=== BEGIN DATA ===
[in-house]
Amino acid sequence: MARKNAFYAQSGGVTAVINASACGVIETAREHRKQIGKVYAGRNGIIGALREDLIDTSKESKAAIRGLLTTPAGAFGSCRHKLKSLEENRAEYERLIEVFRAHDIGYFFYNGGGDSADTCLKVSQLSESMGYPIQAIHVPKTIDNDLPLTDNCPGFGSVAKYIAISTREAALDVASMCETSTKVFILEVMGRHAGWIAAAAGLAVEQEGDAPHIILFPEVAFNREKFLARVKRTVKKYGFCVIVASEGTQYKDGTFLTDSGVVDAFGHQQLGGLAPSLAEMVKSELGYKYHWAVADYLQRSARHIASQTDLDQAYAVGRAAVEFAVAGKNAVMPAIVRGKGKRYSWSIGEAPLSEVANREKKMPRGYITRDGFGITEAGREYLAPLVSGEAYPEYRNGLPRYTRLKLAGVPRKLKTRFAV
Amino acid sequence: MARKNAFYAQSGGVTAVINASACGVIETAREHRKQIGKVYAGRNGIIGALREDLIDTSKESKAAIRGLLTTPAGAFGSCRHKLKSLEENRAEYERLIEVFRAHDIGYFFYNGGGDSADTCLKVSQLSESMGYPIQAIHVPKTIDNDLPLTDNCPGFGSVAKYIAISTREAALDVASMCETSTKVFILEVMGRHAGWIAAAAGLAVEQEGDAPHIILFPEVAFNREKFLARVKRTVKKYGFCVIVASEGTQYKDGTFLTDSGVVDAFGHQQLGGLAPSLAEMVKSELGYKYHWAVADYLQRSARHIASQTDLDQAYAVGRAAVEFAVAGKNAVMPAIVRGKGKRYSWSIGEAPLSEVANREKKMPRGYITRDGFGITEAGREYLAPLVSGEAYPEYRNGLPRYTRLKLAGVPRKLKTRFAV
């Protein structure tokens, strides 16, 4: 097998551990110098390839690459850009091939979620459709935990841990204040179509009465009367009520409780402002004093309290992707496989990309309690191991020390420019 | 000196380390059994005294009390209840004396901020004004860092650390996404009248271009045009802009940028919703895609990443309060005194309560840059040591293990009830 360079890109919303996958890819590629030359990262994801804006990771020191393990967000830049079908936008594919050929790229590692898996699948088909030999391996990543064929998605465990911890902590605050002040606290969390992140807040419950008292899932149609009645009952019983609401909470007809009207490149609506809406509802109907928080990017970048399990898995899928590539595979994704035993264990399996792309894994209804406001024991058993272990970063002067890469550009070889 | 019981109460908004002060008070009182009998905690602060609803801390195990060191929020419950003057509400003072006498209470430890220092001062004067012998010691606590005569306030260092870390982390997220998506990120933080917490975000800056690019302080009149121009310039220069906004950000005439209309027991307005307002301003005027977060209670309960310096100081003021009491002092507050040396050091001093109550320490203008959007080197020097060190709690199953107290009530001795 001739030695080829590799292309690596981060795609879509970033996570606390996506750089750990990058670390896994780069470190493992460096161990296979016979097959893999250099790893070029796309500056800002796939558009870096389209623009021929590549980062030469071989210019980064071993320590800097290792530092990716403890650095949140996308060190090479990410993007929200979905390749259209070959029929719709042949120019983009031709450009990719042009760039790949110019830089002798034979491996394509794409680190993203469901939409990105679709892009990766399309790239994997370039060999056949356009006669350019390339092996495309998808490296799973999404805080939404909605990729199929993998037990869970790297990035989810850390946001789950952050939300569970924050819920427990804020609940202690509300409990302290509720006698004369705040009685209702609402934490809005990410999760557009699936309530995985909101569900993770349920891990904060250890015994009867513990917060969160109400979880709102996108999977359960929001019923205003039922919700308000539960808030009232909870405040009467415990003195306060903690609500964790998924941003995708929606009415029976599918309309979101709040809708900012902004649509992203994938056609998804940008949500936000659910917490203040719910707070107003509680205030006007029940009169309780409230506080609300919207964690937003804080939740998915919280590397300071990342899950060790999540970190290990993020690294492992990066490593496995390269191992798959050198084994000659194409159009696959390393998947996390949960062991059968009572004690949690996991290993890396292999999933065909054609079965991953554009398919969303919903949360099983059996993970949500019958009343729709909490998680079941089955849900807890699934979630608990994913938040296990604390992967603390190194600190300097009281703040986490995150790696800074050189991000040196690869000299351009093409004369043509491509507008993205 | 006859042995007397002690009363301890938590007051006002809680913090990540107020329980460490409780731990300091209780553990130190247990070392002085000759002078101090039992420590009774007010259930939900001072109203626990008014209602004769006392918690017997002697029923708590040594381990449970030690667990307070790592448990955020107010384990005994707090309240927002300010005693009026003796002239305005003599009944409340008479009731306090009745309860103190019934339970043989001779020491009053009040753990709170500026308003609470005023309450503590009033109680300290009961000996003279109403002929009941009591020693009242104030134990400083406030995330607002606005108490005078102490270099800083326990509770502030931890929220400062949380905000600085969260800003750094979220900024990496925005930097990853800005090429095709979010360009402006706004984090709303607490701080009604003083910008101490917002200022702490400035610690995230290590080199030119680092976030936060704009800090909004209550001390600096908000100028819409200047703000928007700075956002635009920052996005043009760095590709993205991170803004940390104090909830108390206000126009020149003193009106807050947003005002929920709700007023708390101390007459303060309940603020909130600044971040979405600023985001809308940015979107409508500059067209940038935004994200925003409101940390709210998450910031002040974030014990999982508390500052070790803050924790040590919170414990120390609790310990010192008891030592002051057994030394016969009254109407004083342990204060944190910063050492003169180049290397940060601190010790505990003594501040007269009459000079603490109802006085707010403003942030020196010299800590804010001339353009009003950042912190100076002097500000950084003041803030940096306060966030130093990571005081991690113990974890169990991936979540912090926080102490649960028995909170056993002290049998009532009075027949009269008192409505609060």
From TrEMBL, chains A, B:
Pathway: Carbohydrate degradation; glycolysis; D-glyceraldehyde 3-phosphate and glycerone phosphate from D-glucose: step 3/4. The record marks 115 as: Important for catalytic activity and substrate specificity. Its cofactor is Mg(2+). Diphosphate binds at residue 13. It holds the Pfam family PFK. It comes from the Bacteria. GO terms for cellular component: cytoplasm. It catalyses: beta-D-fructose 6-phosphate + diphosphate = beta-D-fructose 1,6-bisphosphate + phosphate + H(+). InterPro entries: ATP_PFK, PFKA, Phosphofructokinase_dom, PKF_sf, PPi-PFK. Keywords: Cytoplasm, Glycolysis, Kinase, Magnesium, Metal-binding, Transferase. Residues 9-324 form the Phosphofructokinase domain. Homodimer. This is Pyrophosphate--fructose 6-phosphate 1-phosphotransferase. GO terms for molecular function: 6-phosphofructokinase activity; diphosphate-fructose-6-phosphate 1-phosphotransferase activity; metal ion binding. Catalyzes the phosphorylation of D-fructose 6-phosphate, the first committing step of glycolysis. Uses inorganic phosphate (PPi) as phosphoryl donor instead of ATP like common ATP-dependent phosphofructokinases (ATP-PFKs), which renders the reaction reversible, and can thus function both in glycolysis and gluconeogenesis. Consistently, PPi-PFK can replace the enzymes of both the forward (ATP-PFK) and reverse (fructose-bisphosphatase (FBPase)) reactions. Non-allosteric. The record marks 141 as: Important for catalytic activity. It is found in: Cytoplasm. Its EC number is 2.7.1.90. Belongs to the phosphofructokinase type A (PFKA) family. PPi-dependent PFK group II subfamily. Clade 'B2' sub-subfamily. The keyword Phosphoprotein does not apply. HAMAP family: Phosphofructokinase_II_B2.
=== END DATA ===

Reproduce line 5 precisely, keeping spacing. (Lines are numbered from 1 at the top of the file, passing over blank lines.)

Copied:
From TrEMBL, chains A, B: